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The distribution of wealth and redistributive policies

  • Jess Benhabib
  • Alberto Bisin

In this paper we study theoretically the dynamics of the distribution of wealth in an Overlapping Generation economy with bequest and various forms of redistributive taxation. We characterize the transitional dynamics of the wealth distribution and as well as the stationary distribution. We show that, in our economy, the stationary wealth distribution is a power law, a Pareto distribution in particular. Wealth is less concentrated (the Gini coefficient is lower) for both higher capital income taxes and estate taxes, but the marginal effect of capital income taxes is much stronger than the effect of estate taxes. Finally, we characterize optimal redistributive taxes with respect to an utilitarian social welfare measure. Social welfare is maximized short of minimal wealth inequality and with zero estate taxes.

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Paper provided by David K. Levine in its series Levine's Working Paper Archive with number 122247000000001162.

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Date of creation: 01 Mar 2006
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Handle: RePEc:cla:levarc:122247000000001162
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  1. Mariacristina Nardi, 2004. "Wealth Inequality and Intergenerational Links," Review of Economic Studies, Wiley Blackwell, vol. 71, pages 743-768, 07.
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  4. Marco Cagetti & Mariacristina De Nardi, 2003. "Entrepreneurship, frictions, and wealth," Staff Report 322, Federal Reserve Bank of Minneapolis.
  5. Fabio Clementi & Mauro Gallegati, 2005. "Power Law Tails in the Italian Personal Income Distribution," Microeconomics 0505005, EconWPA.
  6. Morrisson, Christian, 2000. "Historical perspectives on income distribution: The case of Europe," Handbook of Income Distribution, in: A.B. Atkinson & F. Bourguignon (ed.), Handbook of Income Distribution, edition 1, volume 1, chapter 4, pages 217-260 Elsevier.
  7. Francine D. Blau & Lawrence M. Kahn, 2005. "Do Cognitive Test Scores Explain Higher U.S. Wage Inequality?," The Review of Economics and Statistics, MIT Press, vol. 87(1), pages 184-193, February.
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  11. James Heckman & Edward Vytlacil, 2001. "Identifying The Role Of Cognitive Ability In Explaining The Level Of And Change In The Return To Schooling," The Review of Economics and Statistics, MIT Press, vol. 83(1), pages 1-12, February.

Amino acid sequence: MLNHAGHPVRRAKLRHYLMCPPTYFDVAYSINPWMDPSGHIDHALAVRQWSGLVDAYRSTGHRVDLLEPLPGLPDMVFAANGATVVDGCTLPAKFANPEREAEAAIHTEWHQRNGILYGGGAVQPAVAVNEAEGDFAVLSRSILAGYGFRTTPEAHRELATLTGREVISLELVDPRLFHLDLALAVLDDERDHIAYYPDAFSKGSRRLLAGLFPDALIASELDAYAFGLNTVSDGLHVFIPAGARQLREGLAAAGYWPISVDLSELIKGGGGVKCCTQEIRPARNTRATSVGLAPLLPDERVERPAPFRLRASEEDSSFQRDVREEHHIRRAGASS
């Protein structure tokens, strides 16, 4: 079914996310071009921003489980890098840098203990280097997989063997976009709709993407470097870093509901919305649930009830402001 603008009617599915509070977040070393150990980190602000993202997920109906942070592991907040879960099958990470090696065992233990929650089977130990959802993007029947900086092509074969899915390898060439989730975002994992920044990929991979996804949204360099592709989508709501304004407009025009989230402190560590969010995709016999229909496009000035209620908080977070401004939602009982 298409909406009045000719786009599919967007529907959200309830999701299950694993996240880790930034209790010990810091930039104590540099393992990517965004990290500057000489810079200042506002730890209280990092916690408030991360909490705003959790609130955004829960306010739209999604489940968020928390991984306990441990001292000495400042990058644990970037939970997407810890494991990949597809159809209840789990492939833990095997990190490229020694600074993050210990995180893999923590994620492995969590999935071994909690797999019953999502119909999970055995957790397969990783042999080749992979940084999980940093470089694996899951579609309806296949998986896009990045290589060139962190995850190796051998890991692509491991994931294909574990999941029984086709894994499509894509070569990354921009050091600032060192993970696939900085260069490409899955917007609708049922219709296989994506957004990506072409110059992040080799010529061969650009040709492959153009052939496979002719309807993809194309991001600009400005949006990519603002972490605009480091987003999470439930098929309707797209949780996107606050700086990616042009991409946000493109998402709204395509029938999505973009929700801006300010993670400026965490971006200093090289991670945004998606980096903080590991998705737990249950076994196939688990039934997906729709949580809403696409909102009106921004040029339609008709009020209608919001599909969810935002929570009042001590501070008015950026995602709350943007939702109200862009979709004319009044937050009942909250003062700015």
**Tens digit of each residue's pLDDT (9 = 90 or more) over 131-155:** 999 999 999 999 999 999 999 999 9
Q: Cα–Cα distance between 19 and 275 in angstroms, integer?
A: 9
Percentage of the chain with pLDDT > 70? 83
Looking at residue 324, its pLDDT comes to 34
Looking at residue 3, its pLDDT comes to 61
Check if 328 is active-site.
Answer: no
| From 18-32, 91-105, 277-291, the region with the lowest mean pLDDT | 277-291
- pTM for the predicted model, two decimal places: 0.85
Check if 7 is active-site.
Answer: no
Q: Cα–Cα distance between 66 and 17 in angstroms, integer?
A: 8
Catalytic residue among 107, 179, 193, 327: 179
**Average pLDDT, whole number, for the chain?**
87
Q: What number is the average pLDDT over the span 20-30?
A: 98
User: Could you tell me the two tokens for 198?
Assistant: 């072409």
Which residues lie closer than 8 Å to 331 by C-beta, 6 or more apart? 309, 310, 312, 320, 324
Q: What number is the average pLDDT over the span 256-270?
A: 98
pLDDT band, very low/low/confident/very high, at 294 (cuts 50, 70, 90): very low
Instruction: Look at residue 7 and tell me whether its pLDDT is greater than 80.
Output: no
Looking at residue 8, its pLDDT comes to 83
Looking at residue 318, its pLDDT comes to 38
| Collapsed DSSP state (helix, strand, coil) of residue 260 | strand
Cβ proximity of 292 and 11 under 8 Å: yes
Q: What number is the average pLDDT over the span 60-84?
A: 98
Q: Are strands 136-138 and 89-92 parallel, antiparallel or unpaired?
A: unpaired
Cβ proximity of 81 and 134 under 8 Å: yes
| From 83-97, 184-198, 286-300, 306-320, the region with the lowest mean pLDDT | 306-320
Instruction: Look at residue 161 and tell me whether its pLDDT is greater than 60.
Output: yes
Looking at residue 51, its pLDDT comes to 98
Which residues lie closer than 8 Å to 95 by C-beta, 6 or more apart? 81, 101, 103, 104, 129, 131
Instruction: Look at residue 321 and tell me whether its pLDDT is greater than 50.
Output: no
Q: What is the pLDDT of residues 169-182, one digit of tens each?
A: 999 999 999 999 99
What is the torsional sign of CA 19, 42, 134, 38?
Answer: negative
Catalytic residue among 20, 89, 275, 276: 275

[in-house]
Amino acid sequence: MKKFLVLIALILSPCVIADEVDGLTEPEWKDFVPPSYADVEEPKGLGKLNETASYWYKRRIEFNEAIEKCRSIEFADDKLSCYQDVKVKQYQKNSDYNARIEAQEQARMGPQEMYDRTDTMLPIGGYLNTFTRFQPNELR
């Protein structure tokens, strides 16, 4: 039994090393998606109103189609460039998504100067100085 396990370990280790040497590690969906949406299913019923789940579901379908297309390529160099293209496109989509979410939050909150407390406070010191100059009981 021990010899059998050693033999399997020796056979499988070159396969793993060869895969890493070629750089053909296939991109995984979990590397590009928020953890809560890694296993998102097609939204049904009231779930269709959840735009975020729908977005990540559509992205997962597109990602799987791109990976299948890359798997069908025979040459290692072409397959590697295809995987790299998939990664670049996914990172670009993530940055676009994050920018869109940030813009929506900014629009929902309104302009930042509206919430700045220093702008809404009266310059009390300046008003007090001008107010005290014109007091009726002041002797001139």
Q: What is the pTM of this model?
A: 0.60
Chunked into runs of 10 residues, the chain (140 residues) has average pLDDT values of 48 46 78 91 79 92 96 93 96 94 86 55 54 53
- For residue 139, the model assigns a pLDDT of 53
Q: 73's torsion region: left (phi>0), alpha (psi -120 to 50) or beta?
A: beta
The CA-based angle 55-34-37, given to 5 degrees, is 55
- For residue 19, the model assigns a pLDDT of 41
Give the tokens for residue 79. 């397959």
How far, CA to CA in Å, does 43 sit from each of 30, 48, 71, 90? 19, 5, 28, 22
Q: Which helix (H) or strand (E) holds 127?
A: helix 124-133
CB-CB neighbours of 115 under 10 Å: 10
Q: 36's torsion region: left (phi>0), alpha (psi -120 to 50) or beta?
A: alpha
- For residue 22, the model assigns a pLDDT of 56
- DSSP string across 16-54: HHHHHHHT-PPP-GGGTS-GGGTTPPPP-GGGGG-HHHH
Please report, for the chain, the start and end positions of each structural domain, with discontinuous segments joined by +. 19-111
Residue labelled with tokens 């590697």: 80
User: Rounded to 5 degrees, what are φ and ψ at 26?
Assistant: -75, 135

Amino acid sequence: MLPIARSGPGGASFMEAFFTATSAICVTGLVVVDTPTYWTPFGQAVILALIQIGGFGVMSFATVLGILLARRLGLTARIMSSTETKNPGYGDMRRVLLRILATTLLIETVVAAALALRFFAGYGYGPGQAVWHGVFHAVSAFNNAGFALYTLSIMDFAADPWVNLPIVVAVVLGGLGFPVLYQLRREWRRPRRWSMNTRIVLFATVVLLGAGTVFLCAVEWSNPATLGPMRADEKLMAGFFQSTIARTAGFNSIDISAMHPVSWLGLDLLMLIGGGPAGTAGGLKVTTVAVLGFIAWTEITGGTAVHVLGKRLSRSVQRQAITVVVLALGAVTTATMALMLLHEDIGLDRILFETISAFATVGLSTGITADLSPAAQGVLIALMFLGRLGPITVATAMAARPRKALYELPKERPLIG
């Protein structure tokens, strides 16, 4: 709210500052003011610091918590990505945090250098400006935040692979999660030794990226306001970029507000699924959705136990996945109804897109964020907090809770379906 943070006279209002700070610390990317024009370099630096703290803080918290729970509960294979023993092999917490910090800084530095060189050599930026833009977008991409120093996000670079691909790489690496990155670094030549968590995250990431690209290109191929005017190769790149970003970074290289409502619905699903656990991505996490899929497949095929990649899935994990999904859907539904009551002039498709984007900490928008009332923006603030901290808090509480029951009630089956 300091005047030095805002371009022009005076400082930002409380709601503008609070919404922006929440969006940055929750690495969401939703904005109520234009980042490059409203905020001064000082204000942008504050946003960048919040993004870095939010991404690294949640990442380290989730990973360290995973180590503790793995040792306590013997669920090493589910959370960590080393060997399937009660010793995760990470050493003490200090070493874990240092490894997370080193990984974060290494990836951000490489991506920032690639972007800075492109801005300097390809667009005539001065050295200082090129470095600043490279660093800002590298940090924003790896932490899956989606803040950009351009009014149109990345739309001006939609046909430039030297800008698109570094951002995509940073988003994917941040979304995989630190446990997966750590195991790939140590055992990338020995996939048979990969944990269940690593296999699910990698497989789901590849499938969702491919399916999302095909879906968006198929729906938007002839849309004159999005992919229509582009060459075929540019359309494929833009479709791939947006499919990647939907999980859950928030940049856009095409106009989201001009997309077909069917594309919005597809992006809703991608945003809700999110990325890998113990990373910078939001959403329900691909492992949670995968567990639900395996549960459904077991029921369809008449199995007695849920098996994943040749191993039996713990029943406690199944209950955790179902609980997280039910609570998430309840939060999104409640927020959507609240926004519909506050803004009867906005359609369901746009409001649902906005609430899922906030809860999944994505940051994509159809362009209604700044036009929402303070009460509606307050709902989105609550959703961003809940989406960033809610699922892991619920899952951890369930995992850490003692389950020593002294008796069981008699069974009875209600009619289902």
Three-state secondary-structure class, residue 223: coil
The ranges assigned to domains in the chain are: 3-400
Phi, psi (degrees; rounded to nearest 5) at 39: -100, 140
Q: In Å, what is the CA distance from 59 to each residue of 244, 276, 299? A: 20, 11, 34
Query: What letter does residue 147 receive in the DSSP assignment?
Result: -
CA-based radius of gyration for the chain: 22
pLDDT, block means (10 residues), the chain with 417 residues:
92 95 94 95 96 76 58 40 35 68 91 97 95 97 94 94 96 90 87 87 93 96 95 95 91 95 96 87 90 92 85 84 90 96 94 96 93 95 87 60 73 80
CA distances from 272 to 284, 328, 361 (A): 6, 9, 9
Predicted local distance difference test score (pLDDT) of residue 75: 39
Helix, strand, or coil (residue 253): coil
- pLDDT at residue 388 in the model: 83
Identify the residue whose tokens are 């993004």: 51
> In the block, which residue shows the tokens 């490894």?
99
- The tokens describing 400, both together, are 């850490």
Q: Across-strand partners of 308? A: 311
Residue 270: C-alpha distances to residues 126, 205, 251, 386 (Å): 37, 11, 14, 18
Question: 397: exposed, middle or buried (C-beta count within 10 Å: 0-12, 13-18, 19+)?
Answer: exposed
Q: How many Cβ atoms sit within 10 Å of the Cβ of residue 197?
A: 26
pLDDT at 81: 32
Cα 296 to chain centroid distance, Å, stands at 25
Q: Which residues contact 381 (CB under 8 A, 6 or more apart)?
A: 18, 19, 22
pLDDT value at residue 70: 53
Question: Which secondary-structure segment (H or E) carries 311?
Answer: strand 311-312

12. Thomas Piketty & Emmanuel Saez, 2003. "Income Inequality In The United States, 1913-1998," The Quarterly Journal of Economics, MIT Press, vol. 118(1), pages 1-39, February.
  13. Blanchard, Olivier J, 1985. "Debt, Deficits, and Finite Horizons," Journal of Political Economy, University of Chicago Press, vol. 93(2), pages 223-47, April.
  14. Chipman, John S., 1974. "The welfare ranking of Pareto distributions," Journal of Economic Theory, Elsevier, vol. 9(3), pages 275-282, November.
  15. Javier Díaz-Giménez & Vincenzo Quadrini & José-Víctor Ríos-Rull, 1997. "Dimensions of inequality: facts on the U.S. distributions of earnings, income, and wealth," Quarterly Review, Federal Reserve Bank of Minneapolis, issue Spr, pages 3-21.
  16. Angus S. Deaton & Pierre-Olivier Gourinchas & Christina Paxson, 2002. "Social Security and Inequality over the Life Cycle," NBER Chapters, in: The Distributional Aspects of Social Security and Social Security Reform, pages 115-148 National Bureau of Economic Research, Inc.
  17. Sheshinski, Eytan, 1972. "Relation between a social welfare function and the gini index of income inequality," Journal of Economic Theory, Elsevier, vol. 4(1), pages 98-100, February.
  18. Makoto Nirei & Wataru Souma, 2007. "A Two Factor Model Of Income Distribution Dynamics," Review of Income and Wealth, International Association for Research in Income and Wealth, vol. 53(3), pages 440-459, 09.
  19. Ofer Malcai & Ofer Biham & Peter Richmond & Sorin Solomon, 2002. "Theoretical Analysis and Simulations of the Generalized Lotka-Volterra Model," Papers cond-mat/0208514, arXiv.org.
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  21. Piketty, Thomas, 2001. "Income Inequality in France 1901-98," CEPR Discussion Papers 2876, C.E.P.R. Discussion Papers.
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